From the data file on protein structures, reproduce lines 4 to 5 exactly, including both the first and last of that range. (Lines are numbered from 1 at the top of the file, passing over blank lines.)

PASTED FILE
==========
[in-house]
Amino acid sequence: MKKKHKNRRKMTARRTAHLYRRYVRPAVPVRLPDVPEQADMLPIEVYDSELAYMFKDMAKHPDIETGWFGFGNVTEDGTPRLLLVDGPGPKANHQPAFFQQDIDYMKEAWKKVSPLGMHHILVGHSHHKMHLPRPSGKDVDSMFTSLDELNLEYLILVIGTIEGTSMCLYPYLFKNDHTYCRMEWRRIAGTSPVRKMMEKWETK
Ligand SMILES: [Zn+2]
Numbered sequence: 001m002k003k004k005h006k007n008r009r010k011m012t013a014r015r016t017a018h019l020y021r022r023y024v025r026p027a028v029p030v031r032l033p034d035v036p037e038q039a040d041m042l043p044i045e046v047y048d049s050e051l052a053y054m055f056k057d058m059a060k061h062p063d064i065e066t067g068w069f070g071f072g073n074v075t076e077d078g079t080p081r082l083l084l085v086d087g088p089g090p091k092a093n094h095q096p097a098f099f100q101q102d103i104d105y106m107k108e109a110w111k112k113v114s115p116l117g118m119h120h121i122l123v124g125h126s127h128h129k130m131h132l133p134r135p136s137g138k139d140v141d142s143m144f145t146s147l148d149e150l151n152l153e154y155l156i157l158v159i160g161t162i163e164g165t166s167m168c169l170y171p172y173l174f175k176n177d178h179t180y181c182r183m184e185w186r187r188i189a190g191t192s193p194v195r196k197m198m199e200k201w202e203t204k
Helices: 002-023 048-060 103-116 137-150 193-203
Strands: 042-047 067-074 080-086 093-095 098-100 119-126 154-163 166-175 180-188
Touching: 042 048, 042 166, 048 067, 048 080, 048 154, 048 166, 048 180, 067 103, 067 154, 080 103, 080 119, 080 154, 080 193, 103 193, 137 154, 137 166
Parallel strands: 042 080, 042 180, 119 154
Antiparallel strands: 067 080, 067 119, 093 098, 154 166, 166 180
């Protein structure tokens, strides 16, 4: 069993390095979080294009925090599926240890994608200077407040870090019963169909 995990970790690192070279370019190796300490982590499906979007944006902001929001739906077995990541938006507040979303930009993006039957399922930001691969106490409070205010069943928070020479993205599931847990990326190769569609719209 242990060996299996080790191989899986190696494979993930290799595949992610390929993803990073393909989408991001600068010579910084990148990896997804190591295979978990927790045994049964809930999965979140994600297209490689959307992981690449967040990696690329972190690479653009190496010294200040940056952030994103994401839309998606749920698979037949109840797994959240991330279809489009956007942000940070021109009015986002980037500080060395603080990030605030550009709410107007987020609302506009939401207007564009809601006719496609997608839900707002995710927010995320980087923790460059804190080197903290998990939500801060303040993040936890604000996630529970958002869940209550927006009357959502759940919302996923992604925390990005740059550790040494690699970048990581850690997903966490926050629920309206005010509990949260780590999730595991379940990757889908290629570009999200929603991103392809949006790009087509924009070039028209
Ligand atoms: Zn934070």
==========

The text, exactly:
Numbered sequence: 001m002k003k004k005h006k007n008r009r010k011m012t013a014r015r016t017a018h019l020y021r022r023y024v025r026p027a028v029p030v031r032l033p034d035v036p037e038q039a040d041m042l043p044i045e046v047y048d049s050e051l052a053y054m055f056k057d058m059a060k061h062p063d064i065e066t067g068w069f070g071f072g073n074v075t076e077d078g079t080p081r082l083l084l085v086d087g088p089g090p091k092a093n094h095q096p097a098f099f100q101q102d103i104d105y106m107k108e109a110w111k112k113v114s115p116l117g118m119h120h121i122l123v124g125h126s127h128h129k130m131h132l133p134r135p136s137g138k139d140v141d142s143m144f145t146s147l148d149e150l151n152l153e154y155l156i157l158v159i160g161t162i163e164g165t166s167m168c169l170y171p172y173l174f175k176n177d178h179t180y181c182r183m184e185w186r187r188i189a190g191t192s193p194v195r196k197m198m199e200k201w202e203t204k
Helices: 002-023 048-060 103-116 137-150 193-203